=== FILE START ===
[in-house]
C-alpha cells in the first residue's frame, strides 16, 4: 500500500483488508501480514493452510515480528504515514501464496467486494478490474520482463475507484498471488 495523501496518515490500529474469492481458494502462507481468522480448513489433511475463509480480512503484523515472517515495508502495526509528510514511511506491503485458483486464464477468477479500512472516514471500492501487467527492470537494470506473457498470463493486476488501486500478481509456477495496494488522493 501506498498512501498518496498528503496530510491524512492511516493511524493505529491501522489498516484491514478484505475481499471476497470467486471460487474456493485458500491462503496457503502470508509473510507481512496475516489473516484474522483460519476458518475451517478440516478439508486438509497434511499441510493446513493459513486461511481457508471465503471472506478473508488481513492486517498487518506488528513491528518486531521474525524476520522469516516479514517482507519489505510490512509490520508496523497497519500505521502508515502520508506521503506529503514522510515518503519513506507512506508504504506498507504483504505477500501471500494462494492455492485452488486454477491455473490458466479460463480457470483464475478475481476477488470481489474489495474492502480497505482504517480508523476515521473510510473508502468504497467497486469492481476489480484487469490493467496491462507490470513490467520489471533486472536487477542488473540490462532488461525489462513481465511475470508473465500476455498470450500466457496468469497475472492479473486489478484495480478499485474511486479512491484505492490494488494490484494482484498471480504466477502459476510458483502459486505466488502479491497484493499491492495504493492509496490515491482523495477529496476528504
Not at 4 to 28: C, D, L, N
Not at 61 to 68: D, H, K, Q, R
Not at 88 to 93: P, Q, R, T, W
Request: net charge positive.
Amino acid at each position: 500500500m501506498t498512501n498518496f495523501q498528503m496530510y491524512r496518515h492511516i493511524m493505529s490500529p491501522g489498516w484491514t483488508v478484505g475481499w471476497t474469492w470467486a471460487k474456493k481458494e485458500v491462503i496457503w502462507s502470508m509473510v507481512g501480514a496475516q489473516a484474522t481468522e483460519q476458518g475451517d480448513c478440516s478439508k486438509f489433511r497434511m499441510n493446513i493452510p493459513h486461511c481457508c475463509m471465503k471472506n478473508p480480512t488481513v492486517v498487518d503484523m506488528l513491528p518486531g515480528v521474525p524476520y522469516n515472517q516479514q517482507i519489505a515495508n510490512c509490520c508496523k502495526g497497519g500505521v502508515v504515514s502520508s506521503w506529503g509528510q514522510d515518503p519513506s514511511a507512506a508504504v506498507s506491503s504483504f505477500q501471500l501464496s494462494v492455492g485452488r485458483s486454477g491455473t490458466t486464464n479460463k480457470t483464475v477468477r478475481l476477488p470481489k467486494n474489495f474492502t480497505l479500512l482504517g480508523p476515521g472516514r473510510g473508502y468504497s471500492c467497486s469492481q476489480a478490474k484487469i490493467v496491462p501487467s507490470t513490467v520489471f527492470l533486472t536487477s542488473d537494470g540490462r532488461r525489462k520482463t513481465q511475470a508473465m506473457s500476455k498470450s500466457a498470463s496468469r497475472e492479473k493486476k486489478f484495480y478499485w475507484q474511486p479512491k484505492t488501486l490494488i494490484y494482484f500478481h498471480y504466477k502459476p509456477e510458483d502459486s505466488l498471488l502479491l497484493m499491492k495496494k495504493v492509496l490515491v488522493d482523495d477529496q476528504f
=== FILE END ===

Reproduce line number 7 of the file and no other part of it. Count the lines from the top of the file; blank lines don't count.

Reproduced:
Amino acid at each position: 500500500m501506498t498512501n498518496f495523501q498528503m496530510y491524512r496518515h492511516i493511524m493505529s490500529p491501522g489498516w484491514t483488508v478484505g475481499w471476497t474469492w470467486a471460487k474456493k481458494e485458500v491462503i496457503w502462507s502470508m509473510v507481512g501480514a496475516q489473516a484474522t481468522e483460519q476458518g475451517d480448513c478440516s478439508k486438509f489433511r497434511m499441510n493446513i493452510p493459513h486461511c481457508c475463509m471465503k471472506n478473508p480480512t488481513v492486517v498487518d503484523m506488528l513491528p518486531g515480528v521474525p524476520y522469516n515472517q516479514q517482507i519489505a515495508n510490512c509490520c508496523k502495526g497497519g500505521v502508515v504515514s502520508s506521503w506529503g509528510q514522510d515518503p519513506s514511511a507512506a508504504v506498507s506491503s504483504f505477500q501471500l501464496s494462494v492455492g485452488r485458483s486454477g491455473t490458466t486464464n479460463k480457470t483464475v477468477r478475481l476477488p470481489k467486494n474489495f474492502t480497505l479500512l482504517g480508523p476515521g472516514r473510510g473508502y468504497s471500492c467497486s469492481q476489480a478490474k484487469i490493467v496491462p501487467s507490470t513490467v520489471f527492470l533486472t536487477s542488473d537494470g540490462r532488461r525489462k520482463t513481465q511475470a508473465m506473457s500476455k498470450s500466457a498470463s496468469r497475472e492479473k493486476k486489478f484495480y478499485w475507484q474511486p479512491k484505492t488501486l490494488i494490484y494482484f500478481h498471480y504466477k502459476p509456477e510458483d502459486s505466488l498471488l502479491l497484493m499491492k495496494k495504493v492509496l490515491v488522493d482523495d477529496q476528504f